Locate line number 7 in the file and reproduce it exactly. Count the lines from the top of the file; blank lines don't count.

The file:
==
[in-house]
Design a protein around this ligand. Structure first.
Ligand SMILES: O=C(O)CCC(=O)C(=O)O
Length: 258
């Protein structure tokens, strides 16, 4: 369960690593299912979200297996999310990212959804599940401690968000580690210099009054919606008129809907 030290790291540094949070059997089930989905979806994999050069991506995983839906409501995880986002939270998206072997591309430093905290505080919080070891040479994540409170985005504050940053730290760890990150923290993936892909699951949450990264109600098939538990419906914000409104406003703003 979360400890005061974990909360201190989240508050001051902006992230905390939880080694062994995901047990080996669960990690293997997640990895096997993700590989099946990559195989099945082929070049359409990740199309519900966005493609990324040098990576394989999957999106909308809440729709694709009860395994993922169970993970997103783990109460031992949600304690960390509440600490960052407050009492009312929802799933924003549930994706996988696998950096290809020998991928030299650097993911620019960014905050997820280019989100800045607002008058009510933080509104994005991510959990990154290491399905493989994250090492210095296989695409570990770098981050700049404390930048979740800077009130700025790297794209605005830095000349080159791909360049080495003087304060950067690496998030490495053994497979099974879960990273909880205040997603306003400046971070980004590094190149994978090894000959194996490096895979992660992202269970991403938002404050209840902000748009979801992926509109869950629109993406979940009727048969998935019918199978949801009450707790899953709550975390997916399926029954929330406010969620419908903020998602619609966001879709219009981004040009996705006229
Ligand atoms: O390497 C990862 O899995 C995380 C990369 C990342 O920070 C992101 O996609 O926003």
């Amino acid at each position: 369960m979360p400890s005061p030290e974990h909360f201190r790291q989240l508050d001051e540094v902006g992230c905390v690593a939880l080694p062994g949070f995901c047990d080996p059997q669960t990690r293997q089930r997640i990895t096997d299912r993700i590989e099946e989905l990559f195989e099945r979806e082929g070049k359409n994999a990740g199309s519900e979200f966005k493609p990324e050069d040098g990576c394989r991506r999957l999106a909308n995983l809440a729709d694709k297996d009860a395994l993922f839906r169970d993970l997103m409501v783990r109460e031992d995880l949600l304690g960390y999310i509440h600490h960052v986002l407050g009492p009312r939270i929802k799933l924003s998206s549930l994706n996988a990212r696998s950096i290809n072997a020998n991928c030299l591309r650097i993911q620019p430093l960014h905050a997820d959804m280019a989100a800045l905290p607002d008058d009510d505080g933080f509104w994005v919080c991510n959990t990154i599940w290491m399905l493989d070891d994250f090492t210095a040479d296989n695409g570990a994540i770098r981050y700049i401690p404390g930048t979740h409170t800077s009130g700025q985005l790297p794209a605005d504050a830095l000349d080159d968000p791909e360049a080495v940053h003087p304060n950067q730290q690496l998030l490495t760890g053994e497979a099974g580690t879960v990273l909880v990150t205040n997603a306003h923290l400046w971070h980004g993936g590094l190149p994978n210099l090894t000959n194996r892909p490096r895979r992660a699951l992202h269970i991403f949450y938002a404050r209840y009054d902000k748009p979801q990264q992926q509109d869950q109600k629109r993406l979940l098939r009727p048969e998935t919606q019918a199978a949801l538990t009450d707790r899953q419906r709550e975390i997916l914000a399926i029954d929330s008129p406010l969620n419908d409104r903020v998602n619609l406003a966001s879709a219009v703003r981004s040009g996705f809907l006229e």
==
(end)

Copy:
């Amino acid at each position: 369960m979360p400890s005061p030290e974990h909360f201190r790291q989240l508050d001051e540094v902006g992230c905390v690593a939880l080694p062994g949070f995901c047990d080996p059997q669960t990690r293997q089930r997640i990895t096997d299912r993700i590989e099946e989905l990559f195989e099945r979806e082929g070049k359409n994999a990740g199309s519900e979200f966005k493609p990324e050069d040098g990576c394989r991506r999957l999106a909308n995983l809440a729709d694709k297996d009860a395994l993922f839906r169970d993970l997103m409501v783990r109460e031992d995880l949600l304690g960390y999310i509440h600490h960052v986002l407050g009492p009312r939270i929802k799933l924003s998206s549930l994706n996988a990212r696998s950096i290809n072997a020998n991928c030299l591309r650097i993911q620019p430093l960014h905050a997820d959804m280019a989100a800045l905290p607002d008058d009510d505080g933080f509104w994005v919080c991510n959990t990154i599940w290491m399905l493989d070891d994250f090492t210095a040479d296989n695409g570990a994540i770098r981050y700049i401690p404390g930048t979740h409170t800077s009130g700025q985005l790297p794209a605005d504050a830095l000349d080159d968000p791909e360049a080495v940053h003087p304060n950067q730290q690496l998030l490495t760890g053994e497979a099974g580690t879960v990273l909880v990150t205040n997603a306003h923290l400046w971070h980004g993936g590094l190149p994978n210099l090894t000959n194996r892909p490096r895979r992660a699951l992202h269970i991403f949450y938002a404050r209840y009054d902000k748009p979801q990264q992926q509109d869950q109600k629109r993406l979940l098939r009727p048969e998935t919606q019918a199978a949801l538990t009450d707790r899953q419906r709550e975390i997916l914000a399926i029954d929330s008129p406010l969620n419908d409104r903020v998602n619609l406003a966001s879709a219009v703003r981004s040009g996705f809907l006229e």